- The DfE’s 2019/2020 data shows that 3.3% of all pupils in England have an Education, Health and Care (EHC) plan and 12.1% have Special Education Needs (SEN) support but that there are higher rates of EHC plans and SEN within certain ethnic groups. The highest rate of EHCP plans and SEN support was within the White- Irish traveller community, as 5% of pupils have an EHC plan and a quarter have SEN support. 4.7% of all pupils from Black Caribbean background had an EHC plan. This is the second highest rate within an ethnic pupil group, followed by pupils from ‘any other Black background’. The second highest rate for SEN support is within the White-Gypsy/Roma pupil group at 22.6%.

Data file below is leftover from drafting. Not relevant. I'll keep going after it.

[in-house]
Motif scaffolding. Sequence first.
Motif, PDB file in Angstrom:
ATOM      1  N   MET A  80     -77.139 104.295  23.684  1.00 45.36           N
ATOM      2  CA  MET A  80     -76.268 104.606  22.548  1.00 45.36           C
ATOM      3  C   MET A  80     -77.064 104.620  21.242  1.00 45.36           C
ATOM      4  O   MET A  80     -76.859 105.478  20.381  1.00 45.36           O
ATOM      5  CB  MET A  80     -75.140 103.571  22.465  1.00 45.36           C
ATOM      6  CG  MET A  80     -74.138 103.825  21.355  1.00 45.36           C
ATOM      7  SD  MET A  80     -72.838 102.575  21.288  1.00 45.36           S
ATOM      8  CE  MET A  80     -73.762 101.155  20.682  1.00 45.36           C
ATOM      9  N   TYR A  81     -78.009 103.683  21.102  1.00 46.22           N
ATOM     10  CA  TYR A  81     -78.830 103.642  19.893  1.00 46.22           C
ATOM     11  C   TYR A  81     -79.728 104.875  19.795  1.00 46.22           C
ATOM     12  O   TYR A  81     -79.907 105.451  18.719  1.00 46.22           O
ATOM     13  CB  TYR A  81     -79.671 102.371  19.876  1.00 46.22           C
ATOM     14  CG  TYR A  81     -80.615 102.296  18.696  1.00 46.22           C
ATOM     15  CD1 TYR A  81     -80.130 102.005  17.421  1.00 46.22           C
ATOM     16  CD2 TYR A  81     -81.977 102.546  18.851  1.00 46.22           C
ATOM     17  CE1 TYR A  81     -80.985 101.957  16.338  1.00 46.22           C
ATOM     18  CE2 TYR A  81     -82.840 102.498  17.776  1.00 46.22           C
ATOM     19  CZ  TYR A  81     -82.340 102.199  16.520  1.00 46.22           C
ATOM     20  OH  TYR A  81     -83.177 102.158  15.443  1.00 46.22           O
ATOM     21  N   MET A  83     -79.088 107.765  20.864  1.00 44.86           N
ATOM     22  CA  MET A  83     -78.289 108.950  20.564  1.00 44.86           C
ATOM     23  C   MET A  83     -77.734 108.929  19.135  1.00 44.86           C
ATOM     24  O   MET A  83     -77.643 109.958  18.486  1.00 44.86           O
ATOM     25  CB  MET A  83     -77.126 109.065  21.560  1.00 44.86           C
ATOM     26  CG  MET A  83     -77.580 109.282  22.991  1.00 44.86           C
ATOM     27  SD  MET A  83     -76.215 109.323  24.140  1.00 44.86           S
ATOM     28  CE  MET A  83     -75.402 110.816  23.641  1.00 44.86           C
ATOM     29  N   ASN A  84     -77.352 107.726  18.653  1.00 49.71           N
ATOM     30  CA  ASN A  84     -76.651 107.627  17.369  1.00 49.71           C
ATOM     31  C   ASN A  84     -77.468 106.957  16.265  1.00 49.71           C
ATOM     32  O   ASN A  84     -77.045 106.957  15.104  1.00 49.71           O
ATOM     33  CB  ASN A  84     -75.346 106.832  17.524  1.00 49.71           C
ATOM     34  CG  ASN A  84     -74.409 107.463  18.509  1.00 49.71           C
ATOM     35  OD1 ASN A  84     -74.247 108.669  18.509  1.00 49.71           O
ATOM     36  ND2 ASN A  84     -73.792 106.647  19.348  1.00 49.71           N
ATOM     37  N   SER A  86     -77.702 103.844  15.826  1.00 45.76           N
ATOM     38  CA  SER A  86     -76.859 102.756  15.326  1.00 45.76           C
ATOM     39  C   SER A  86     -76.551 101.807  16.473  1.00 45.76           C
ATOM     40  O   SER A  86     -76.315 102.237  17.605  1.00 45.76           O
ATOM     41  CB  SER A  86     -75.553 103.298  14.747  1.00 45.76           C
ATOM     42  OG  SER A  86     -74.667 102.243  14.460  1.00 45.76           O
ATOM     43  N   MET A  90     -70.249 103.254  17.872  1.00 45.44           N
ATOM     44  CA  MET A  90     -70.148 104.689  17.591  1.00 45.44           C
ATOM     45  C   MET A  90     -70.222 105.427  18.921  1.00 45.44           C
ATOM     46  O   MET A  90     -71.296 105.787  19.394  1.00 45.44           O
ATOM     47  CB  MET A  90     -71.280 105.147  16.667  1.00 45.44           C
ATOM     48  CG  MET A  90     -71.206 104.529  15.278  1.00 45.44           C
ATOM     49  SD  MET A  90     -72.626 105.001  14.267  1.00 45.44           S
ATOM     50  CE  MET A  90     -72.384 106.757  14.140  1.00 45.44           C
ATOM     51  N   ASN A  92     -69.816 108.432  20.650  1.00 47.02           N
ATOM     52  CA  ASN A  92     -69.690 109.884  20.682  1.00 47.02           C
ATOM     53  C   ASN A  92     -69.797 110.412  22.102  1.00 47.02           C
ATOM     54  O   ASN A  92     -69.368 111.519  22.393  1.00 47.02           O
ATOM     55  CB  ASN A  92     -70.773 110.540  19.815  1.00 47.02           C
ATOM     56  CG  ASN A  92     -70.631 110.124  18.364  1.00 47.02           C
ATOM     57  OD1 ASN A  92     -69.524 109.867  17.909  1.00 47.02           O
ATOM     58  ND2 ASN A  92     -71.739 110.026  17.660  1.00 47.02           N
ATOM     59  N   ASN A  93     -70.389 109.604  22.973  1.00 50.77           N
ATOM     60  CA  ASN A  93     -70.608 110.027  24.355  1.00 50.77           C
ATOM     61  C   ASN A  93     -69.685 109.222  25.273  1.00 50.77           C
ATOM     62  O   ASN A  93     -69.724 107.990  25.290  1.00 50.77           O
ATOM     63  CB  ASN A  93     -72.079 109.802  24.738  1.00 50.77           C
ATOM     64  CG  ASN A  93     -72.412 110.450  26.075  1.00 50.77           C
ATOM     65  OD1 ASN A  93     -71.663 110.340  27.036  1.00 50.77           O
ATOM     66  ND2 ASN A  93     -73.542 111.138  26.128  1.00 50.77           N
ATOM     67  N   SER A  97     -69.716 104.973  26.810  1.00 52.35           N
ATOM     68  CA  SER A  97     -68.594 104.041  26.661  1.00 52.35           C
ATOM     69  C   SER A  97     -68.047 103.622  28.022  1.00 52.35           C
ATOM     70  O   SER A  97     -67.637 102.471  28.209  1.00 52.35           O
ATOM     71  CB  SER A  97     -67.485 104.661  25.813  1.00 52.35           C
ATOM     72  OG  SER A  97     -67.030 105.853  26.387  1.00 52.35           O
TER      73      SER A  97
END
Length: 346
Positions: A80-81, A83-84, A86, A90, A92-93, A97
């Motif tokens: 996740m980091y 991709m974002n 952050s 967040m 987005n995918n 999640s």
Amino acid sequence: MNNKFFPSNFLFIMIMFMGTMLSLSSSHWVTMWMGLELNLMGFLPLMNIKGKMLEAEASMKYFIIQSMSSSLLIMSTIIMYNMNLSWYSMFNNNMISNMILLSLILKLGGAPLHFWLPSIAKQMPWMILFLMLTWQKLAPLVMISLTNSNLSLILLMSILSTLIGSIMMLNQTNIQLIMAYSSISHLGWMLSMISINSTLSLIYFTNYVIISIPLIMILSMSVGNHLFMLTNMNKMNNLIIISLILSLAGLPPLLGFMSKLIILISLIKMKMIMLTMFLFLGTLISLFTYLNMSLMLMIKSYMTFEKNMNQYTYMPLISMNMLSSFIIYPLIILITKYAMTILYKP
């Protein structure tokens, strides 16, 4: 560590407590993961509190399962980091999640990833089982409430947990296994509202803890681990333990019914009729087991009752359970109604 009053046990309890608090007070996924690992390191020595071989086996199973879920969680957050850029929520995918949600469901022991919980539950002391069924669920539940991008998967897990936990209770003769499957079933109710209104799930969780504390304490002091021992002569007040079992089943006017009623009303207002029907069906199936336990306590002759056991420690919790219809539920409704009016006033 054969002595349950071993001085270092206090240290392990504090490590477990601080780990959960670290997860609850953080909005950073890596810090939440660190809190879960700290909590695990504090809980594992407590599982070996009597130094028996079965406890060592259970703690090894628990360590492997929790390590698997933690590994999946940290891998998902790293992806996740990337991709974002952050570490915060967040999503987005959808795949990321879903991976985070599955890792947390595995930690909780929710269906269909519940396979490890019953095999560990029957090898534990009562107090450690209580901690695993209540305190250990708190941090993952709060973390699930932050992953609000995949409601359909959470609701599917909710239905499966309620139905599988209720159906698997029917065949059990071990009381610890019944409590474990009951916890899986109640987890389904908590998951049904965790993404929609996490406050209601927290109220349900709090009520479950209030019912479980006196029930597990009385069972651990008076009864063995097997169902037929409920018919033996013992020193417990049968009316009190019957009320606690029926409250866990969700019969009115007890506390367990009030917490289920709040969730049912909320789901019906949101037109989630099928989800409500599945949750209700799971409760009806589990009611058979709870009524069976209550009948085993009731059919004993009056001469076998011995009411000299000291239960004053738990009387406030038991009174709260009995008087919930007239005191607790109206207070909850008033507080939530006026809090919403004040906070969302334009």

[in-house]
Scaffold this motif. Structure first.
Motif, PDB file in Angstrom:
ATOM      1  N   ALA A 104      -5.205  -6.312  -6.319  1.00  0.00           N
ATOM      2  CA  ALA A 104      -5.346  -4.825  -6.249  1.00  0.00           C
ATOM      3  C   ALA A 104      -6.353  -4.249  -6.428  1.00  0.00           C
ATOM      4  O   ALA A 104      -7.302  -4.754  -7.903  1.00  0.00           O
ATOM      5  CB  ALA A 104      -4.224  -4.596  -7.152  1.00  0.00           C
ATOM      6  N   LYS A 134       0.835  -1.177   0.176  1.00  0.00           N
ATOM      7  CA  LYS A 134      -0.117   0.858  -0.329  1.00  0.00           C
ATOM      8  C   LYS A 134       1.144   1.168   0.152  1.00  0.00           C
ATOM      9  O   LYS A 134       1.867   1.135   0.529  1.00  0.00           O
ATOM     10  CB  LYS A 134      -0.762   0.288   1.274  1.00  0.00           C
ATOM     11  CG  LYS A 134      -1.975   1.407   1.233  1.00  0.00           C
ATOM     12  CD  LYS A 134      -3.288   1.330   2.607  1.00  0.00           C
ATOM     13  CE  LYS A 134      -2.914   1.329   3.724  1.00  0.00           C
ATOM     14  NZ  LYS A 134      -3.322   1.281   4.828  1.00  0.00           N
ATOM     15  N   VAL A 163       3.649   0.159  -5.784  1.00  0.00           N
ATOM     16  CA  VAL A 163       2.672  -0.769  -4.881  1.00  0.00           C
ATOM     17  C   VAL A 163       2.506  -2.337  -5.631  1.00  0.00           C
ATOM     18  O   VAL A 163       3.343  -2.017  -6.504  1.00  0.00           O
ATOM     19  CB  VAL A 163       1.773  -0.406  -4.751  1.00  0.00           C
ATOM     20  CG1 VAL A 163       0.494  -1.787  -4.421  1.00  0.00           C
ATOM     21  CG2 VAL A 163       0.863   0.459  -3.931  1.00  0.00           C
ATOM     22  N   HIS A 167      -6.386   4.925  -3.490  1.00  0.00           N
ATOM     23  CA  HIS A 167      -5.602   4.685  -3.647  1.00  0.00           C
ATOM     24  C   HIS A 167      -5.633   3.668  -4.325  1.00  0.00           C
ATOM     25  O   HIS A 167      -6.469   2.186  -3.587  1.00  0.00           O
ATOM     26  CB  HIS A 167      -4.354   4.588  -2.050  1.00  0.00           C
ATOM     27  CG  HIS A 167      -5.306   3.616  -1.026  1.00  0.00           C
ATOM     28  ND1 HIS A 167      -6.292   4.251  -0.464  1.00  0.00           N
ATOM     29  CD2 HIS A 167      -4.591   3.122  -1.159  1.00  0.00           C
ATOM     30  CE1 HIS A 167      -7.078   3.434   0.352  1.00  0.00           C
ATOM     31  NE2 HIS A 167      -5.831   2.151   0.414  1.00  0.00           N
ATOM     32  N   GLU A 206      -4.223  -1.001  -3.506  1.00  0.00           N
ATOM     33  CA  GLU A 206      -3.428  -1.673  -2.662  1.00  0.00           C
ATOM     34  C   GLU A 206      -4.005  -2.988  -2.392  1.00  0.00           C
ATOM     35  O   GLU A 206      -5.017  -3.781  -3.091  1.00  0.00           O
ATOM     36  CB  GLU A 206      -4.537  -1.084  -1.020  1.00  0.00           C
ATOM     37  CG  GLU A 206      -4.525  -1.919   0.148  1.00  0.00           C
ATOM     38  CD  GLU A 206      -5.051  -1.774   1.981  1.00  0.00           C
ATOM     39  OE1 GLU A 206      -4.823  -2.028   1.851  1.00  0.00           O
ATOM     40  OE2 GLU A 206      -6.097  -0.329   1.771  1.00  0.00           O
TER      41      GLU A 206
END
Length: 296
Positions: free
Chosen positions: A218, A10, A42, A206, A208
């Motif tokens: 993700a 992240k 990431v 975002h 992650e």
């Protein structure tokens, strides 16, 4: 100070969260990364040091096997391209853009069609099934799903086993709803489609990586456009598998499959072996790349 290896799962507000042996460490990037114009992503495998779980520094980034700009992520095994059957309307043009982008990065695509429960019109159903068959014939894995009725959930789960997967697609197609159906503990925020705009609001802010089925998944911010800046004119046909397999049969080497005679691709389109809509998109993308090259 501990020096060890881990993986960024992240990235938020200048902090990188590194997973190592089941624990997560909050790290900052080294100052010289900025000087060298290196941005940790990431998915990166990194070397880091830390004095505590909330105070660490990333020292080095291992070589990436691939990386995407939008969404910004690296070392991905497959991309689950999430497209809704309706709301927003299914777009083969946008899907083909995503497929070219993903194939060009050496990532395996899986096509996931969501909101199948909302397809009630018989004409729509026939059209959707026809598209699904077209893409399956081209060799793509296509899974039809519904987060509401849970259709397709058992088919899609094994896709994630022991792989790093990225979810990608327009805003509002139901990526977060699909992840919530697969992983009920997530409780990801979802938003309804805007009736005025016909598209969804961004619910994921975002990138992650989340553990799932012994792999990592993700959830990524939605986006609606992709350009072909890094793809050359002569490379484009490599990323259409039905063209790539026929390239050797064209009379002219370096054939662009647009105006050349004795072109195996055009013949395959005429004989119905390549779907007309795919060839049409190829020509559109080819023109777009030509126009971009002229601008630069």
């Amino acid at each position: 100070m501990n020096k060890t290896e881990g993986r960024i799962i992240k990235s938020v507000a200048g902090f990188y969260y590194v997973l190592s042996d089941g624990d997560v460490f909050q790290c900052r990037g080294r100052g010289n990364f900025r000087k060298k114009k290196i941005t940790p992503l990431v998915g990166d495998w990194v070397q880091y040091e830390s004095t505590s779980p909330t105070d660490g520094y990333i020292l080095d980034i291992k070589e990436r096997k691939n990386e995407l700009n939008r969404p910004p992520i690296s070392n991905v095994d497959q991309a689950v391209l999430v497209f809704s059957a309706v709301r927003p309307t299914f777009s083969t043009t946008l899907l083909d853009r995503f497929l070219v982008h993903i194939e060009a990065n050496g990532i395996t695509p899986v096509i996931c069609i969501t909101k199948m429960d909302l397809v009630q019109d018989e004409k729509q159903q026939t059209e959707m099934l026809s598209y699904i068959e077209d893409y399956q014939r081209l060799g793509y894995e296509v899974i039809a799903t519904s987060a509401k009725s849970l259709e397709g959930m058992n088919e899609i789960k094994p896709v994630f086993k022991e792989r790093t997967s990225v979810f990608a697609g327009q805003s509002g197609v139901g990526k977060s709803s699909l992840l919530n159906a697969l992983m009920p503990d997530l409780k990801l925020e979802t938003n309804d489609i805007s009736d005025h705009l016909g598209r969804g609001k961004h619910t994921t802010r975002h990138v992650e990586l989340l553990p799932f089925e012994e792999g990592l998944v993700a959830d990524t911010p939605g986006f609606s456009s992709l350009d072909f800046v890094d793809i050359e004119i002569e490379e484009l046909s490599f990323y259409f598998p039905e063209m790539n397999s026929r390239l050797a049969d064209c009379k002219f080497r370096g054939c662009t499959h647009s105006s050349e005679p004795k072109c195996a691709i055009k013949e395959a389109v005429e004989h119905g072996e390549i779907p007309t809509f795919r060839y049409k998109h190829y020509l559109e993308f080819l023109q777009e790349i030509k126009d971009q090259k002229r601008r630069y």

- NAHT has detailed the issues facing pupils from BAME communities during the Covid-19 pandemic in its submission to the “Women’s and Equalities Committee inquiry ‘Unequal Impact? Coronavirus and BAME people”. Therefore, NAHT calls on the committee to also consider that the negative effects of coronavirus on individuals from a BAME background set out above will intersect with the effects on individuals with SEND.